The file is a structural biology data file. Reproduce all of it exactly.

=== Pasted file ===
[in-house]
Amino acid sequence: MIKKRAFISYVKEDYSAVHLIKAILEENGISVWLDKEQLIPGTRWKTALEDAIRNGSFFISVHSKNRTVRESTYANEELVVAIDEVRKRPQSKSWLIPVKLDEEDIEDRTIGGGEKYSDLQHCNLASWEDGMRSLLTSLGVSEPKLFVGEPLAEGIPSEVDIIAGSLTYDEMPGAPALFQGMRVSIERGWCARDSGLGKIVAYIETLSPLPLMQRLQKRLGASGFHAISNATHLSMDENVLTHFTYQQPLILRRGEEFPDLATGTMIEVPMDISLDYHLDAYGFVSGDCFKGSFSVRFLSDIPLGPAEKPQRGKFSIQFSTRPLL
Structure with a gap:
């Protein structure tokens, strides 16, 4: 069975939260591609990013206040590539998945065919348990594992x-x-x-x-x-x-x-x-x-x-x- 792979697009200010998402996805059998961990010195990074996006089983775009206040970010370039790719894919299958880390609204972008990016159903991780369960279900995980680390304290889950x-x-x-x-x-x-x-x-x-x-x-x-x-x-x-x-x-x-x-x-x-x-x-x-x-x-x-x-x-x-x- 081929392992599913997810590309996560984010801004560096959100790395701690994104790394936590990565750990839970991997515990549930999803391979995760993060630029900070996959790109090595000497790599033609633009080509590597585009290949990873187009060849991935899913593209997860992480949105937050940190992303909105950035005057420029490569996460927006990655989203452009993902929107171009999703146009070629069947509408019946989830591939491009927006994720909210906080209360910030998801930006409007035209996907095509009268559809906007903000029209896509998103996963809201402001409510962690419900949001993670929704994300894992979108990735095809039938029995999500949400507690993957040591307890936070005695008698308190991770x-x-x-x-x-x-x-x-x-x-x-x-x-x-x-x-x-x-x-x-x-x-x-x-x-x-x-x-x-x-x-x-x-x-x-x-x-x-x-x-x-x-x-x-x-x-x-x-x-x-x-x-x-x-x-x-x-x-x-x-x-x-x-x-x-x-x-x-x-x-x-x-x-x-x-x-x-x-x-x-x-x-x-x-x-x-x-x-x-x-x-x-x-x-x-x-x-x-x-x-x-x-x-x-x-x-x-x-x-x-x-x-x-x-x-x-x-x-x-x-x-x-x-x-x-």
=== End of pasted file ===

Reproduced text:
[in-house]
Amino acid sequence: MIKKRAFISYVKEDYSAVHLIKAILEENGISVWLDKEQLIPGTRWKTALEDAIRNGSFFISVHSKNRTVRESTYANEELVVAIDEVRKRPQSKSWLIPVKLDEEDIEDRTIGGGEKYSDLQHCNLASWEDGMRSLLTSLGVSEPKLFVGEPLAEGIPSEVDIIAGSLTYDEMPGAPALFQGMRVSIERGWCARDSGLGKIVAYIETLSPLPLMQRLQKRLGASGFHAISNATHLSMDENVLTHFTYQQPLILRRGEEFPDLATGTMIEVPMDISLDYHLDAYGFVSGDCFKGSFSVRFLSDIPLGPAEKPQRGKFSIQFSTRPLL
Structure with a gap:
């Protein structure tokens, strides 16, 4: 069975939260591609990013206040590539998945065919348990594992x-x-x-x-x-x-x-x-x-x-x- 792979697009200010998402996805059998961990010195990074996006089983775009206040970010370039790719894919299958880390609204972008990016159903991780369960279900995980680390304290889950x-x-x-x-x-x-x-x-x-x-x-x-x-x-x-x-x-x-x-x-x-x-x-x-x-x-x-x-x-x-x- 081929392992599913997810590309996560984010801004560096959100790395701690994104790394936590990565750990839970991997515990549930999803391979995760993060630029900070996959790109090595000497790599033609633009080509590597585009290949990873187009060849991935899913593209997860992480949105937050940190992303909105950035005057420029490569996460927006990655989203452009993902929107171009999703146009070629069947509408019946989830591939491009927006994720909210906080209360910030998801930006409007035209996907095509009268559809906007903000029209896509998103996963809201402001409510962690419900949001993670929704994300894992979108990735095809039938029995999500949400507690993957040591307890936070005695008698308190991770x-x-x-x-x-x-x-x-x-x-x-x-x-x-x-x-x-x-x-x-x-x-x-x-x-x-x-x-x-x-x-x-x-x-x-x-x-x-x-x-x-x-x-x-x-x-x-x-x-x-x-x-x-x-x-x-x-x-x-x-x-x-x-x-x-x-x-x-x-x-x-x-x-x-x-x-x-x-x-x-x-x-x-x-x-x-x-x-x-x-x-x-x-x-x-x-x-x-x-x-x-x-x-x-x-x-x-x-x-x-x-x-x-x-x-x-x-x-x-x-x-x-x-x-x-």